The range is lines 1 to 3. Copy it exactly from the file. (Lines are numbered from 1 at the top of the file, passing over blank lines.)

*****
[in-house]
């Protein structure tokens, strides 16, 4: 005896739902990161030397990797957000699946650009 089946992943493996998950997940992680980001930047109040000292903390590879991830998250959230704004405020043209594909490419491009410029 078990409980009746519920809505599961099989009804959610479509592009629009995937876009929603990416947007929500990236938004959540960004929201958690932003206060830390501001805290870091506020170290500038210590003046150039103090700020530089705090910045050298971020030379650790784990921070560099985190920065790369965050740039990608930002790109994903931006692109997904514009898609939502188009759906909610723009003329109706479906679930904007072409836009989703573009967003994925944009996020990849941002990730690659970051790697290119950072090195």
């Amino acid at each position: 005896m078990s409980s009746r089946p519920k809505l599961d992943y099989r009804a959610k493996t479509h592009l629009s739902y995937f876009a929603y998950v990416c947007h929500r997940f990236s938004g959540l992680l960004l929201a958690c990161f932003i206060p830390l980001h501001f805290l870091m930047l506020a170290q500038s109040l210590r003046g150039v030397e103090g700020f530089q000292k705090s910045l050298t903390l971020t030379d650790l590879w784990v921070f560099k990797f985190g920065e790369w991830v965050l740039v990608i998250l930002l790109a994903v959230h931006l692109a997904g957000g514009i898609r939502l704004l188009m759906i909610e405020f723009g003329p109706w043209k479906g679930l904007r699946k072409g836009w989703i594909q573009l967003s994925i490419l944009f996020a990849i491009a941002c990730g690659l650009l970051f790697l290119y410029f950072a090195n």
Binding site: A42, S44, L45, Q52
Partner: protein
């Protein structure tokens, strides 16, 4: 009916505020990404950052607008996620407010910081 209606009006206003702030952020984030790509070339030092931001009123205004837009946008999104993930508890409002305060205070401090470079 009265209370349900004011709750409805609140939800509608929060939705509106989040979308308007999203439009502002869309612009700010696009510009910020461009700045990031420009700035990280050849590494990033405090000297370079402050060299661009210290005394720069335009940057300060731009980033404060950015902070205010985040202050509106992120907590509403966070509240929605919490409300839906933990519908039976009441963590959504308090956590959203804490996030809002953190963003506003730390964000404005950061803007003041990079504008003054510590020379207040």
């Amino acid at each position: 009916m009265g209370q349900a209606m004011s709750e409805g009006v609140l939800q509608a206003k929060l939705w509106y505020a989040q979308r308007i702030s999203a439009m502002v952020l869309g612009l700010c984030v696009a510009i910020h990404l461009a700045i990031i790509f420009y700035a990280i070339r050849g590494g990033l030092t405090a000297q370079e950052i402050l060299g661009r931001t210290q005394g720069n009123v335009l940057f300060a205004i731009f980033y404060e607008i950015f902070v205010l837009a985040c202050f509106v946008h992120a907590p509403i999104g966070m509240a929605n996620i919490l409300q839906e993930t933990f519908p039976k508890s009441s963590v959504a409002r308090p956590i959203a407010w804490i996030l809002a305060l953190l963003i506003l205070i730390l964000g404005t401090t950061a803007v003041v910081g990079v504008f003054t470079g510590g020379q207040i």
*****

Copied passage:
[in-house]
């Protein structure tokens, strides 16, 4: 005896739902990161030397990797957000699946650009 089946992943493996998950997940992680980001930047109040000292903390590879991830998250959230704004405020043209594909490419491009410029 078990409980009746519920809505599961099989009804959610479509592009629009995937876009929603990416947007929500990236938004959540960004929201958690932003206060830390501001805290870091506020170290500038210590003046150039103090700020530089705090910045050298971020030379650790784990921070560099985190920065790369965050740039990608930002790109994903931006692109997904514009898609939502188009759906909610723009003329109706479906679930904007072409836009989703573009967003994925944009996020990849941002990730690659970051790697290119950072090195």
């Amino acid at each position: 005896m078990s409980s009746r089946p519920k809505l599961d992943y099989r009804a959610k493996t479509h592009l629009s739902y995937f876009a929603y998950v990416c947007h929500r997940f990236s938004g959540l992680l960004l929201a958690c990161f932003i206060p830390l980001h501001f805290l870091m930047l506020a170290q500038s109040l210590r003046g150039v030397e103090g700020f530089q000292k705090s910045l050298t903390l971020t030379d650790l590879w784990v921070f560099k990797f985190g920065e790369w991830v965050l740039v990608i998250l930002l790109a994903v959230h931006l692109a997904g957000g514009i898609r939502l704004l188009m759906i909610e405020f723009g003329p109706w043209k479906g679930l904007r699946k072409g836009w989703i594909q573009l967003s994925i490419l944009f996020a990849i491009a941002c990730g690659l650009l970051f790697l290119y410029f950072a090195n």